$310 million dollars, that’s what:
The Pentagon’s Missile Defense Agency (MDA) requested $310 million in 2008 for a missile defense site in Eastern Europe, supposedly to defend Europe and the United States from Iranian missiles. However, Czech citizens and the Russian government strongly oppose a Czech Republic site. While Russian President Vladimir Putin proposed several practical alternatives, President Bush is pressing ahead with the European site, eager to pour concrete before his term is up.
$310 million dollars. At the rate we are spending money in Iraq ($222,222 per minute), the profit from selling this boondoggle to Europe wouldn’t even cover the cost of occupying Iraq for a single day. But the wheels of the military-industrial complex must be greased, no matter what the cost.
One has to ask oneself what the overall military strategy of the Bush Administration seems to be, even if one grants moral or strategic legitimacy to the Bush Doctrine of pre-emption, torture and abrogation of disarmament treaties.
They invade Iraq ostensibly to protect the world of terrorists’ acquiring control of chemical, biological and even nuclear weapons. They push for the bombing of alleged Iranian nuclear sites and for the invasion of Iran to ensure that Hezbollah does not acquire weapons of mass destruction. Ostensibly focusing on the clandestine terrorist threat, they bungle diplomacy with North Korea, allowing them to develop nuclear technology coupled with ranged missiles. They also allow Pakistan, a country a few heartbeats away from radical Islamist government, to acquire even more sophisticated nuclear missile technology. But they also want to spend insane amounts of money defending against the very missile-based technology that they have allowed to proliferate while allegedly focusing on clandestine WMD threats–even if it means infuriating the rest of the world, escalating an arms race, and making the planet a more dangerous place from a diplomatic point of view. Exxon-Mobil doesn’t even get the prospect of more oil out of the bargain.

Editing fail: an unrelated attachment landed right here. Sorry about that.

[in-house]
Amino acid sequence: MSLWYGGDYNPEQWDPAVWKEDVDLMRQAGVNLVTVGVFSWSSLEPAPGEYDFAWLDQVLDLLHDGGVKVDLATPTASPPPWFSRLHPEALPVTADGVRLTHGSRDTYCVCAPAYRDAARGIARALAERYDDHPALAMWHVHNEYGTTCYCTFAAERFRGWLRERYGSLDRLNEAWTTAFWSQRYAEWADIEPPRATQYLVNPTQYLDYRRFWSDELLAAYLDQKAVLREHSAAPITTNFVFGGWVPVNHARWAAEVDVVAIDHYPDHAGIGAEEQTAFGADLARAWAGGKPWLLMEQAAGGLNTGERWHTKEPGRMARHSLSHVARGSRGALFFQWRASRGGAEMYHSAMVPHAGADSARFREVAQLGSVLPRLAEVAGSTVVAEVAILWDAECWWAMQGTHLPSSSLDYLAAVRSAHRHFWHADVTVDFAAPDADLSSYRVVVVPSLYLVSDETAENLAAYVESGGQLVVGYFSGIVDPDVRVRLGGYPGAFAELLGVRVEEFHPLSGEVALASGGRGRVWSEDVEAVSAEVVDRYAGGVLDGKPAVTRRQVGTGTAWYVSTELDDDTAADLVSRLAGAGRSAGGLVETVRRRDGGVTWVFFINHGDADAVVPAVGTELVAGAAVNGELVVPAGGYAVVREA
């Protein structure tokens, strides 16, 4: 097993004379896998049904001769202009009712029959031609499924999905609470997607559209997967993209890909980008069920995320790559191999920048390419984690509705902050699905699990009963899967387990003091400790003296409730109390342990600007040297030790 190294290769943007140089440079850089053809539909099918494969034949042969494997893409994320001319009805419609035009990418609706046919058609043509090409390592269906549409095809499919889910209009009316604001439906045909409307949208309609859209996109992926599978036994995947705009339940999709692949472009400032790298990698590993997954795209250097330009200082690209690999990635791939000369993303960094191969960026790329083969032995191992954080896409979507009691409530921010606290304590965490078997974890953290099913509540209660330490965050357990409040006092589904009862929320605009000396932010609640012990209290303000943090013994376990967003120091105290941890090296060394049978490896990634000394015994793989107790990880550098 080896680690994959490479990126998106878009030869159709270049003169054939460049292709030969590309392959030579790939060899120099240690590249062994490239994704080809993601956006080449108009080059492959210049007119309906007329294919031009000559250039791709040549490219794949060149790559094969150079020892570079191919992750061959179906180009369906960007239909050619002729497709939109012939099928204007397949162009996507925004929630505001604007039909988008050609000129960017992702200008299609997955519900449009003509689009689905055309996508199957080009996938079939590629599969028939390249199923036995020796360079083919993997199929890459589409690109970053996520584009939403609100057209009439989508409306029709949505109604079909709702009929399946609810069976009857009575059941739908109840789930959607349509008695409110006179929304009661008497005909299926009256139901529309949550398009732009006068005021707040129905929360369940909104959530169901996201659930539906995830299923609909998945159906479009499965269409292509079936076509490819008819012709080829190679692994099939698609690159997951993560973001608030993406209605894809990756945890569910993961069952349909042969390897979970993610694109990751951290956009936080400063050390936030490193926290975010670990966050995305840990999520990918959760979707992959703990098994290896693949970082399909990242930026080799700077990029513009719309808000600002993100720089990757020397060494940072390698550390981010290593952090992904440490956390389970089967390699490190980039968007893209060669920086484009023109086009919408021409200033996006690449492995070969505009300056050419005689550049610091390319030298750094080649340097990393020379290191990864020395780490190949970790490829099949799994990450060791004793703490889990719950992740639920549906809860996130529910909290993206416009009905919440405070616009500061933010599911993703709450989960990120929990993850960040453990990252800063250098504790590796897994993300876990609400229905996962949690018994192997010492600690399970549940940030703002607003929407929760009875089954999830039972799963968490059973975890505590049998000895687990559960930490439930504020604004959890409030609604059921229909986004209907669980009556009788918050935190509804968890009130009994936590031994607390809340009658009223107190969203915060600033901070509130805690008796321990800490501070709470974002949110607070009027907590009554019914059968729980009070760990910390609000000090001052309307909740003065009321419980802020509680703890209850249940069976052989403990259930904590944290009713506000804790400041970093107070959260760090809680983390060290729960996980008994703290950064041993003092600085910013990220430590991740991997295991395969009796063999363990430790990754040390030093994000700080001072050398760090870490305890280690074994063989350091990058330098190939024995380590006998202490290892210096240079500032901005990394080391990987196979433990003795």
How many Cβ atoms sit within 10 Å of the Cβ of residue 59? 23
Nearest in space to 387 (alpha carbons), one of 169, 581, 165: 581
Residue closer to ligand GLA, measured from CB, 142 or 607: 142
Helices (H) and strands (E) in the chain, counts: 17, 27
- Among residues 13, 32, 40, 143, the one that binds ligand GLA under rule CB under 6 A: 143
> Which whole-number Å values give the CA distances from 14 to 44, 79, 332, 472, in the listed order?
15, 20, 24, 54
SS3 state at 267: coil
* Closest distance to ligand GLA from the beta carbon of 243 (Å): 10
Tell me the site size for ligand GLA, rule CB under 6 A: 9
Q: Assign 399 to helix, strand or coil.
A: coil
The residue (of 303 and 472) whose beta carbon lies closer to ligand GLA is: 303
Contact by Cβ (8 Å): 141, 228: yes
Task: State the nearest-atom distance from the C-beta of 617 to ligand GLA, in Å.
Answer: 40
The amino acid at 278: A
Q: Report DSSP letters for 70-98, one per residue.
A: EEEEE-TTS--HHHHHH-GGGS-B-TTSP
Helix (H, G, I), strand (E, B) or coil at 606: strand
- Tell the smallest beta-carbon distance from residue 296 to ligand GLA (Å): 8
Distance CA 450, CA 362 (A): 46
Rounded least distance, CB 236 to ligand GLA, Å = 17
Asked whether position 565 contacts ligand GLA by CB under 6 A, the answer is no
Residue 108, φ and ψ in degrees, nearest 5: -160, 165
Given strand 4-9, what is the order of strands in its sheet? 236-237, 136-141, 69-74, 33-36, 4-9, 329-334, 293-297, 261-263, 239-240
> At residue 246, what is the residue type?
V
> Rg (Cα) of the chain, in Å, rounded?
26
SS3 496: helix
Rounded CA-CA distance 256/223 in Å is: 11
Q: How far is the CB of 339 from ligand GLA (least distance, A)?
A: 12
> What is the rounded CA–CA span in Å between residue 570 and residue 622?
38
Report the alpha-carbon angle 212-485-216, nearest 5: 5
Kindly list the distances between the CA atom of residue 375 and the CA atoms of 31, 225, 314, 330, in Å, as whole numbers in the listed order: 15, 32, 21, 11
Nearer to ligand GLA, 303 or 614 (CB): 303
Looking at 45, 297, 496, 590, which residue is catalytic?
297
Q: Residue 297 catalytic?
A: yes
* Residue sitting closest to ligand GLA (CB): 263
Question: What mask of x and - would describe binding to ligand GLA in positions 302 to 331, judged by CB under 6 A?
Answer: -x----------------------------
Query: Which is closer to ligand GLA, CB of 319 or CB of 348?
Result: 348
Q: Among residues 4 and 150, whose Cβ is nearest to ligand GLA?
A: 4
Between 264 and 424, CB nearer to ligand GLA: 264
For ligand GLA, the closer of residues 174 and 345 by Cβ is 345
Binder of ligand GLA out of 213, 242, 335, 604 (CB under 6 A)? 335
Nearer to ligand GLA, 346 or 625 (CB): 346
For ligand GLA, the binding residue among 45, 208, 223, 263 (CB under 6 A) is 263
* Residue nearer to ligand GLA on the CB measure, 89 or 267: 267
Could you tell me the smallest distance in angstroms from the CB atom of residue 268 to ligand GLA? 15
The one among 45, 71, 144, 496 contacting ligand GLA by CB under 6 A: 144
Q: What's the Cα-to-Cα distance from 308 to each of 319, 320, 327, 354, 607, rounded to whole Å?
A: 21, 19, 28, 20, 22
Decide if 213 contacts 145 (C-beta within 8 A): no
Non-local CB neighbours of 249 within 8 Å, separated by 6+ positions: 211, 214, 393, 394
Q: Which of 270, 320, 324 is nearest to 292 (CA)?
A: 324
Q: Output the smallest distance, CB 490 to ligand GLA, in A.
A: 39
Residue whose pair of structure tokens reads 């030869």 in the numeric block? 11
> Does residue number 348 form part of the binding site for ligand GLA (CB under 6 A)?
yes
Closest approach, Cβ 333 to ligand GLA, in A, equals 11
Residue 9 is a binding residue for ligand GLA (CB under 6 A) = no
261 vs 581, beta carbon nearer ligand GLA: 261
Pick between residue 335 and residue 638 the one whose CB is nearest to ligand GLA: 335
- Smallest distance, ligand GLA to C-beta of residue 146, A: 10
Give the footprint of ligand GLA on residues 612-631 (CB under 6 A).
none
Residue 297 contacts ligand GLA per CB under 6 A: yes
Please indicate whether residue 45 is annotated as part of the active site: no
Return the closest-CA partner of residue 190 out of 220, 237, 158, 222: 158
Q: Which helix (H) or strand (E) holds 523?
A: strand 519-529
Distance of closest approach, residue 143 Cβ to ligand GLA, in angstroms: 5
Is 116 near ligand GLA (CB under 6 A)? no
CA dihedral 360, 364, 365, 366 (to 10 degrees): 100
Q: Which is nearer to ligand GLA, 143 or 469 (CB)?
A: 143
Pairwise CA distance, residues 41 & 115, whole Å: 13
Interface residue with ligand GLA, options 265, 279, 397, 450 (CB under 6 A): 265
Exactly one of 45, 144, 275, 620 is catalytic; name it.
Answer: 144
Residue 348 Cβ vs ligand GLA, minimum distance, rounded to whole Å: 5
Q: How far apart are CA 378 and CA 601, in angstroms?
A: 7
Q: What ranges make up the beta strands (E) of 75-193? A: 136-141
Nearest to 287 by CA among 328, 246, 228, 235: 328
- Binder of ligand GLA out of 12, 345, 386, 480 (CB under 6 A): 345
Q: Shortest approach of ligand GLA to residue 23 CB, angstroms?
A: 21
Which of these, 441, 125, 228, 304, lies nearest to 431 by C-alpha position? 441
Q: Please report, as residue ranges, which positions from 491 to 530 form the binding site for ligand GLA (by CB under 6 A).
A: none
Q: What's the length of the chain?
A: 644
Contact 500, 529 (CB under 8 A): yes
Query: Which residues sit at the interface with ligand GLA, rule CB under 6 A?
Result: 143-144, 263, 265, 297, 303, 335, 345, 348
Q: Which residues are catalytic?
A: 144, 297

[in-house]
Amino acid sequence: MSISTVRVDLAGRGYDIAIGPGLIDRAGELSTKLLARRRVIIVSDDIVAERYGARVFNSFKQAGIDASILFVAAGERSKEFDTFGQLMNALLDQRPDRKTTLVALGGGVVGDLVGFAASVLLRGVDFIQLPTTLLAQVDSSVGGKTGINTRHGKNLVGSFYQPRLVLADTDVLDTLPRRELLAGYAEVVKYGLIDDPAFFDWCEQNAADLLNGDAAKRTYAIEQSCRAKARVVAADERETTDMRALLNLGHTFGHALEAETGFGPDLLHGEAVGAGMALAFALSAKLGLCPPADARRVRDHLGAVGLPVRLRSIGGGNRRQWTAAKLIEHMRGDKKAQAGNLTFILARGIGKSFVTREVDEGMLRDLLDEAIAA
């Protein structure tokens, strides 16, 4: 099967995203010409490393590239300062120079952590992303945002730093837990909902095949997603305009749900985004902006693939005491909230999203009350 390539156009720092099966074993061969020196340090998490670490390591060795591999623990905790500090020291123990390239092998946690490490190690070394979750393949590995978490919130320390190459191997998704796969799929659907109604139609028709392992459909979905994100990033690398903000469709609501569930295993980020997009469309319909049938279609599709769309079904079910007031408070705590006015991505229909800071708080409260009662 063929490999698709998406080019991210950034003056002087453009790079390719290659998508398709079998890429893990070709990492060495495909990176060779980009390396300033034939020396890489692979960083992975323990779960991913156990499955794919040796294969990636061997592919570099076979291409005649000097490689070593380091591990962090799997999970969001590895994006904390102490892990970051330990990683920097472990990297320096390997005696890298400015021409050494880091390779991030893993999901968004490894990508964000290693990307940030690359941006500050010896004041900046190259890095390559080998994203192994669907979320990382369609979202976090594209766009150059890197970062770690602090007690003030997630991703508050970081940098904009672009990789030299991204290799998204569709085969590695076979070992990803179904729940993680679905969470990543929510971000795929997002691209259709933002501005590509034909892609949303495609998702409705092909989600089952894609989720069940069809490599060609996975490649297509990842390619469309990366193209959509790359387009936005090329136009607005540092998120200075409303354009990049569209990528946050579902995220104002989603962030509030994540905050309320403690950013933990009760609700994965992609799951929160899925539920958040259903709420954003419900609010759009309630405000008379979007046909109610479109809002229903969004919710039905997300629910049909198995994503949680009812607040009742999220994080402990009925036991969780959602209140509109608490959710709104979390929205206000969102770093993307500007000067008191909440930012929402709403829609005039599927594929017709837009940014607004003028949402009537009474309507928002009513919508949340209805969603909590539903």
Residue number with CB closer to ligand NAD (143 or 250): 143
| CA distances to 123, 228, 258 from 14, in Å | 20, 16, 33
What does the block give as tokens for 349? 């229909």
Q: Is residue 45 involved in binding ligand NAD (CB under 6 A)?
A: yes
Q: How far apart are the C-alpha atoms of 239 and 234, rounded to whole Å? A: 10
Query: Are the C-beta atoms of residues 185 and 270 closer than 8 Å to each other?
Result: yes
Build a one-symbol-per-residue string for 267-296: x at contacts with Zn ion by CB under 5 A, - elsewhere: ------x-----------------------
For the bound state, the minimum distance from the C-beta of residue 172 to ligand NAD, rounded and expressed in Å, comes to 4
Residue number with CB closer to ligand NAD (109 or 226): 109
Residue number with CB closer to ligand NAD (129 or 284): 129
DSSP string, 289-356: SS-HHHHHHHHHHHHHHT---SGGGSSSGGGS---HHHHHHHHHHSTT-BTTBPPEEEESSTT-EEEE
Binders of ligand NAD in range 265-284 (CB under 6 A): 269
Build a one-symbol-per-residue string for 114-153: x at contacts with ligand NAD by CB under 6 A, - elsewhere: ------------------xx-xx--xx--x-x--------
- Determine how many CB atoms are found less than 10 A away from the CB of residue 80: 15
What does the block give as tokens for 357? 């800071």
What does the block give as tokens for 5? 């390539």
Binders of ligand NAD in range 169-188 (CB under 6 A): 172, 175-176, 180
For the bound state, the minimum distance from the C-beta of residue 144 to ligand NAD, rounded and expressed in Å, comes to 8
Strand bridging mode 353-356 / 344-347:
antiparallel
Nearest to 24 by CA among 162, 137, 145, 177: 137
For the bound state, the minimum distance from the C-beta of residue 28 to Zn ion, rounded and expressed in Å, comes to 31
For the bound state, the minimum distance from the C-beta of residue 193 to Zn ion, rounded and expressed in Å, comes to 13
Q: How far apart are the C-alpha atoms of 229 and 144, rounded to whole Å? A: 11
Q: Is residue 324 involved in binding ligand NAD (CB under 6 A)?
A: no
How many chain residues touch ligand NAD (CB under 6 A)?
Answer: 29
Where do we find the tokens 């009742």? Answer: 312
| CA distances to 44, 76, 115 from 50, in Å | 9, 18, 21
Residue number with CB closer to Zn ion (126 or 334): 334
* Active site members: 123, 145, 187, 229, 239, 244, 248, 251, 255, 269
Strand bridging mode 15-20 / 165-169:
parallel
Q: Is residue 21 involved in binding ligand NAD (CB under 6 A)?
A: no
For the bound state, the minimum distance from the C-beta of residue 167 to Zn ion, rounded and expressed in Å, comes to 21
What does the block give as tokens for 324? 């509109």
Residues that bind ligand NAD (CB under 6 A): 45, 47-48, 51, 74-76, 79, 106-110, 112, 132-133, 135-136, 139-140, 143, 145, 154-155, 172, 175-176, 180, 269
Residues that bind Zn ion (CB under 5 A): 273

Call me a conspiracy theorist, but it seems to me that the Bush Administration simply wants to spend money on war, regardless of its purpose, strategic coherence or realpolitik considerations, to further the interests of its corporate cronies in the military defense establishment.
And that’s the problem with laissez-faire government of the corporate interests, by the corporate interests, and for the corporate interests: not even the warmongering makes sense anymore, even from an imperial perspective. Much as the Bush Administration might try to emulate them in political tactics and warfare technology, not even the Empire from the actual Star Wars movies would be so strategically inept: at least Darth Vader built the Death Star in order to expand Imperial power, rather than as an ultra-expense boondoggle to enrich a few of the Emperor’s corporate cronies. Anyone who has seen the extraordinary documentary Why We Fight knows that the conservative military-industrial complex in America is too greedy create the military dominance worth of a true imperial regime.
The Bushies just hope there are enough Polands and Czech Republics out there to buy into the game before they figure out that the Emperor has no clothes.